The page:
“Ma, anytime you find me dead is the monster who kill me,” Ali said to Gafoor, at about 4.30 pm, Sunday at the family home in Siparia.

Two days later, Ali was dead, the victim of a brutal chopping attack at the hands of a male relative. It was a horrific, almost predictable end, to eight years of abuse, Ali’s family mourned yesterday.

Ali, a victim of domestic violence, seemed to prepare her closest relatives, Gafoor, 47, her stepfather Krishna Dookie, 47, and sister Sheriffa Jokhan, 20, for the worst.

It was about 5 pm on Tuesday, when Ali, who once worked as a waitress, was found dead. Her head was almost severed. Police believed she was killed after preparing lunch for a male relative to take to work.

Yesterday, Gafoor recalled her last conversation with her daughter who said who would be her killer, if she was found murdered.

Gafoor said although her daughter was abused it was difficult for her to leave her abuser.

“He used to ill-treat her but she couldn’t leave him. He will find her where ever she tried to hide. I encouraged her to come and live close to me so I could keep an eye on her but still I couldn’t protect my child from the monster,” wept Gafoor.

Gafoor believes the man would have killed Ali one way or the other, even if she had left him.

The man had so much anger that he recently poisoned the family’s dogs and cats because he felt the animals “didn’t like him,” relatives told Newsday. A 48-year-old construction worker, who also drove his car for private hire, is now in police custody for questioning about the murder. The weapon believed to be a cutlass has not been found. Police report the man claimed he found Ali dead in a one-room apartment at Spring Trace, Quarry Village, Siparia. Reports indicate the man raised an alarm and called out to her step-father. Ali’s family lived about 150 feet from her apartment.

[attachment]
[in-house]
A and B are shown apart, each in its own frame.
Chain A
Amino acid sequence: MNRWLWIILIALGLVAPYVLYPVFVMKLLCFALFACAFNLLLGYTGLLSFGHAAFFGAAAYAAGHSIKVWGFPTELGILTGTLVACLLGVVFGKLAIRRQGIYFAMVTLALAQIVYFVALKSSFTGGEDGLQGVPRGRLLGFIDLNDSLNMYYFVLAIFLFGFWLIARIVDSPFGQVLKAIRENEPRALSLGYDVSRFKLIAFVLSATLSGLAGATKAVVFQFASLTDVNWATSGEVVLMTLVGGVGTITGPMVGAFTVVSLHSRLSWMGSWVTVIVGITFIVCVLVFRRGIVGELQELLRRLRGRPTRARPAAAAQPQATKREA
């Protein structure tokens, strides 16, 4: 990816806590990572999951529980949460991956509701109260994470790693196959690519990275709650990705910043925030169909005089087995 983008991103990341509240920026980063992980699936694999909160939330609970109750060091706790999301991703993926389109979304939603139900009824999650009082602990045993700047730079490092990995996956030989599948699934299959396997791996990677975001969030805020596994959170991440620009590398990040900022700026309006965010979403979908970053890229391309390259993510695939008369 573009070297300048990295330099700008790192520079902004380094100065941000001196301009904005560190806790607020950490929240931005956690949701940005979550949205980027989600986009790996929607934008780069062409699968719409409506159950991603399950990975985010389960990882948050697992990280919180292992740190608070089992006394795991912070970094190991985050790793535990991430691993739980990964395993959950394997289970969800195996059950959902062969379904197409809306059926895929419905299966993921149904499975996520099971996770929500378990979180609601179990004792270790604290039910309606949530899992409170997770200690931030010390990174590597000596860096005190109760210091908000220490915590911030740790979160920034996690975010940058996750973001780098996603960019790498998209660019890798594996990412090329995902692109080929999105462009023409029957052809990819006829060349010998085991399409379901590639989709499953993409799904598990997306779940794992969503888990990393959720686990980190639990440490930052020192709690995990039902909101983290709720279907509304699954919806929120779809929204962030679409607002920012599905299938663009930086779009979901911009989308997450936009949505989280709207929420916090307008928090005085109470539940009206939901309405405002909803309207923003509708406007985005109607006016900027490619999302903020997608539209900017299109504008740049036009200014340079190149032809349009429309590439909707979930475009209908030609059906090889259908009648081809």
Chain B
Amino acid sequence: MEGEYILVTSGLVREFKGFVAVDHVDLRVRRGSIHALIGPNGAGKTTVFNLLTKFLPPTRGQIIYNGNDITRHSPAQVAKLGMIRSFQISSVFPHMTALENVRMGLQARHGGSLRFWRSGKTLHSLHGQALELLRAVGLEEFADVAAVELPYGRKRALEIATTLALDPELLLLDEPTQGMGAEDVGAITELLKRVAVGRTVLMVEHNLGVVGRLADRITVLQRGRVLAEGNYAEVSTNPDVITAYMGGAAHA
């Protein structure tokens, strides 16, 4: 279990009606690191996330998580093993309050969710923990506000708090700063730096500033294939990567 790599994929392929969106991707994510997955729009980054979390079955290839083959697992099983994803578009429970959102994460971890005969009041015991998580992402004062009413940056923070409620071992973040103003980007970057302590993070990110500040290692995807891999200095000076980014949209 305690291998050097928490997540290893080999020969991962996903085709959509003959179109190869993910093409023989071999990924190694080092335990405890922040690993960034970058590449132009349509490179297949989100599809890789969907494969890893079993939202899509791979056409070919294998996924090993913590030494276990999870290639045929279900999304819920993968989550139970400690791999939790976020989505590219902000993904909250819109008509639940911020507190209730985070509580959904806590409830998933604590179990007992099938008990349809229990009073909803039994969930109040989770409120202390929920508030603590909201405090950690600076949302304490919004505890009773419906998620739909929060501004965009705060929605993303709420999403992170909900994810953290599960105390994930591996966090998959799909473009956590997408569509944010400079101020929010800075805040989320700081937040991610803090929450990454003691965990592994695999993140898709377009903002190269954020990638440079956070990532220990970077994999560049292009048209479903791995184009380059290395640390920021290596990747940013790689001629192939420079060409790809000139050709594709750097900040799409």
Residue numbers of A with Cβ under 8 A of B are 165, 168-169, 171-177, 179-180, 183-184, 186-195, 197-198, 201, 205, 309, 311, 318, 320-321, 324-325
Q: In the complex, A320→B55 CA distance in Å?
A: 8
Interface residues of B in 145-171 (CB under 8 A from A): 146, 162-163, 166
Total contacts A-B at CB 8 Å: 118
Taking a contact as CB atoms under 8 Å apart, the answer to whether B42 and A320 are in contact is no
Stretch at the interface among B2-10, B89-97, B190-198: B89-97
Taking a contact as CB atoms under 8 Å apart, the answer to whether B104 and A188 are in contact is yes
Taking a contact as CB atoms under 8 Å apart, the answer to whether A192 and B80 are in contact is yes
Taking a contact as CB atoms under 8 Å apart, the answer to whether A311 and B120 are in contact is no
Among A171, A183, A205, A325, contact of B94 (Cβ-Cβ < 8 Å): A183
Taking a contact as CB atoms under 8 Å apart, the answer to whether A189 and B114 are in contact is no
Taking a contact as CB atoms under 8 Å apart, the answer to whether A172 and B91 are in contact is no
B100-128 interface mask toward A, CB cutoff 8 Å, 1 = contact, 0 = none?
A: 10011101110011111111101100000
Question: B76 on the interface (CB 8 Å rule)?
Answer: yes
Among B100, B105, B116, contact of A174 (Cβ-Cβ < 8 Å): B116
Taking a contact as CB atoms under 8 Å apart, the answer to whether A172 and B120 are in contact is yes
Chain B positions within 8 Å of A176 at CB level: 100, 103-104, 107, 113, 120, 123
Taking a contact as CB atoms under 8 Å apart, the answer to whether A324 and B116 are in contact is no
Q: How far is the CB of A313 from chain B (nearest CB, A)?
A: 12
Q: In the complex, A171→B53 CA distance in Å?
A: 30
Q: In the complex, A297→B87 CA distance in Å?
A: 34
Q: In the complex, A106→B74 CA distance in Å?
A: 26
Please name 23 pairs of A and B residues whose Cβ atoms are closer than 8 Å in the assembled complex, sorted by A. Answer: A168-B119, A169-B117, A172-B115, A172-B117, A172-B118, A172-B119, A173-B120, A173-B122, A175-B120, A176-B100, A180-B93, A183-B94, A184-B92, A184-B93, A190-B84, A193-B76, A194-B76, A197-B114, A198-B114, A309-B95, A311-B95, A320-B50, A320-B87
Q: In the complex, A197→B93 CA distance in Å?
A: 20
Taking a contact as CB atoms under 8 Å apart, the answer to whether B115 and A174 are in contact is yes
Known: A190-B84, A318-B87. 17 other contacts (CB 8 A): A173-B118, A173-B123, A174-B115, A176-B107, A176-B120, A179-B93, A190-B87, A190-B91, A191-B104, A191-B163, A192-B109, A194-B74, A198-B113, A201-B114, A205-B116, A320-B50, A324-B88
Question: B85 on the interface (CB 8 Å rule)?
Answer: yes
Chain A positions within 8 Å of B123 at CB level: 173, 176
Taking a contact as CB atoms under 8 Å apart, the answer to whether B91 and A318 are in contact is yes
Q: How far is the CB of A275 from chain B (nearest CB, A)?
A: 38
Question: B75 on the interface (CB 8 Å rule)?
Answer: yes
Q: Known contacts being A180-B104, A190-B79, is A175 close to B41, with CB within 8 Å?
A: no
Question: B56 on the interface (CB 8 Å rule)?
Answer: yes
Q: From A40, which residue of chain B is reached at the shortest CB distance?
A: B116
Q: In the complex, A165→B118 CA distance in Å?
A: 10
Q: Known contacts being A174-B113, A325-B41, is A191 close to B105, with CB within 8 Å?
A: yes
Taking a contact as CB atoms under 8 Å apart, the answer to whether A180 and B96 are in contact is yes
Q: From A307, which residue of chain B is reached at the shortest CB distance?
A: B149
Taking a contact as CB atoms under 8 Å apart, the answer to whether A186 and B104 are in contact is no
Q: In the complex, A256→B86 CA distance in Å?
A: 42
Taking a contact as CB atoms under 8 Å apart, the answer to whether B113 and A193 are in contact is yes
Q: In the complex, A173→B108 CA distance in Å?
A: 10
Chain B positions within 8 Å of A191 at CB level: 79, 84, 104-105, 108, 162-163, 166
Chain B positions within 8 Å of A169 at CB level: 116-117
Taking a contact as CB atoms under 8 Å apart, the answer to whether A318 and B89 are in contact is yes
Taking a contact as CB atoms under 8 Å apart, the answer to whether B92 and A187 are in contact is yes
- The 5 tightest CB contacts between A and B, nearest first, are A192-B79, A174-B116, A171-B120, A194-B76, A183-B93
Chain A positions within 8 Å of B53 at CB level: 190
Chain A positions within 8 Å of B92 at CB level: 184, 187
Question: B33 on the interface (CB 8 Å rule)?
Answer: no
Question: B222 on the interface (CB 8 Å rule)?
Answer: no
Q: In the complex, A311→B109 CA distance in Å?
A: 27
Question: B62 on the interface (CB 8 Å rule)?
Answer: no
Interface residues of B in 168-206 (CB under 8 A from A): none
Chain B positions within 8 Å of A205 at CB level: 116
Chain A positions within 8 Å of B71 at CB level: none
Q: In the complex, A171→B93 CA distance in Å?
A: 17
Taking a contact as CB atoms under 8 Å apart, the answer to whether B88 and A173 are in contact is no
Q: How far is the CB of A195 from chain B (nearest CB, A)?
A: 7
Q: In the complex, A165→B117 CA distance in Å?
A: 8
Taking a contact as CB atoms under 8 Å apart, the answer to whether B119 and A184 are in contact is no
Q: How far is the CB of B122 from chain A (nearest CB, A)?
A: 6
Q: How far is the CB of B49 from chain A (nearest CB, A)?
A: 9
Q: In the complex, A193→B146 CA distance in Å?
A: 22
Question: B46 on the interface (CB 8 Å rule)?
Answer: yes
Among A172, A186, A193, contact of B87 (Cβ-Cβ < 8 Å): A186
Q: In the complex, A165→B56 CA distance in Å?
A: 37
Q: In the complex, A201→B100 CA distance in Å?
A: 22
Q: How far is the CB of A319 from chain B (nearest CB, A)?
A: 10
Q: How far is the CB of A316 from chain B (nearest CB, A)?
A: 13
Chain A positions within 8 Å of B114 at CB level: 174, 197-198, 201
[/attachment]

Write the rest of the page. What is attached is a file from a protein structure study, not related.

“Come and see what Rehanna (Ali) do?” the man reportedly said.

Ali’s right hand, which police believe she raised to stop a blow to her neck, was hanging only by a piece of flesh, Newsday was told.

“I couldn’t believe it, she was lying there in a pool of blood, her hand just hanging by a piece of flesh, her neck almost chopped off. Pieces of her long hair was cut too and stuck in the blood. I rushed to her and touched her thinking it had just happened but she was cold and stiff almost already turning blue,” Dookie, Ali’s step-father, said yesterday.

“If I didn’t have a strong heart, I would have collapsed and died. The man stood there looking at her and crying saying, ‘Rehanna what you do that for, ent you know I love you’.”

Relatives said the suspect had always threatened to kill Ali before she turned 30.

Two years ago, Ali took out a restraining order against the violent man, but she returned to the relationship. The man had stopped her from working and she could only go out when he took her out.

When she last spoke to her family on Sunday, Ali told them the man had beaten her on Saturday night.

“Her face was swollen where he slapped her several times. I beg her to come here and live. I promised to build a downstairs and she could live there only to get away from him, but she was afraid to leave,” Dookie said.